At a recent buy side event hosted by Profit & Loss and CME Group in New York, a panel of cryptocurrency experts discussed how institutional investors and traders should think about these assets within a portfolio.
Interest in cryptocurrencies has skyrocketed amongst investors and trading firms over the past year, as the market capitalisation for this nascent asset class has increased dramatically and volatile price action has offered the potential for outsized returns compared to many traditional asset classes.
Yet some firms still consider cryptocurrencies to be too risky to include in their portfolio, a position that Ari Paul, managing partner and CIO of the hedge fund BlockTower Capital, took issue with on the panel.
Mobile payments and cryptocurrency startup, Circle, has acquired the crypto-asset exchange Poloniex.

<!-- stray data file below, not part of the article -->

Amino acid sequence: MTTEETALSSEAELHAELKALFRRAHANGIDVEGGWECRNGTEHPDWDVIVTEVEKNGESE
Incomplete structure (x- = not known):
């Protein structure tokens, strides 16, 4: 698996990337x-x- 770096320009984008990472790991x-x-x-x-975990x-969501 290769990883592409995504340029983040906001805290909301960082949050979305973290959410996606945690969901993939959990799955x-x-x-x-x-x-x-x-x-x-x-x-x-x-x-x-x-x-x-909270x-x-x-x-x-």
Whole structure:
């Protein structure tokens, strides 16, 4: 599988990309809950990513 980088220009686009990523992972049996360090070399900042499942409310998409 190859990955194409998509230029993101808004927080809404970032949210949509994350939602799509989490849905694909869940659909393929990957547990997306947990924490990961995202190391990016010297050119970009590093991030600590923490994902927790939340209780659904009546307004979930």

Circle is backed by $140 million in venture capital from investors including Goldman Sachs, IDG Capital Partners, Breyer Capital, Accel Partners, General Catalyst Partners, Baidu, CICC Alpha, EverBright, WangXiang and CreditEase.
Circle has two main business lines. According to the company, “Circle Pay helps people around the globe connect to one another and share value just as they would share any other kind of content on the open borderless Internet; Circle Trade serves institutions and investors as one of the world’s largest providers of crypto asset liquidity.”
Circle says that it is also planning to launch an app that will enable individuals to tap into crypto-asset investment “through a simple, seamless, mobile experience”.
The Financial Stability Board (FSB) today published Crypto-asset markets: Potential channels for future financial stability implications. The report sets out the analysis behind the FSB’s proactive assessment of the potential implications of crypto-assets for financial stability. The report includes an assessment of the primary risks present in crypto-assets and their markets, such as low liquidity, the use of leverage, market risks from volatility, and operational risks. Based on these features, crypto-assets lack the key attributes of sovereign currencies and do not serve as a common means of payment, a stable store of value, or a mainstream unit of account, says the report.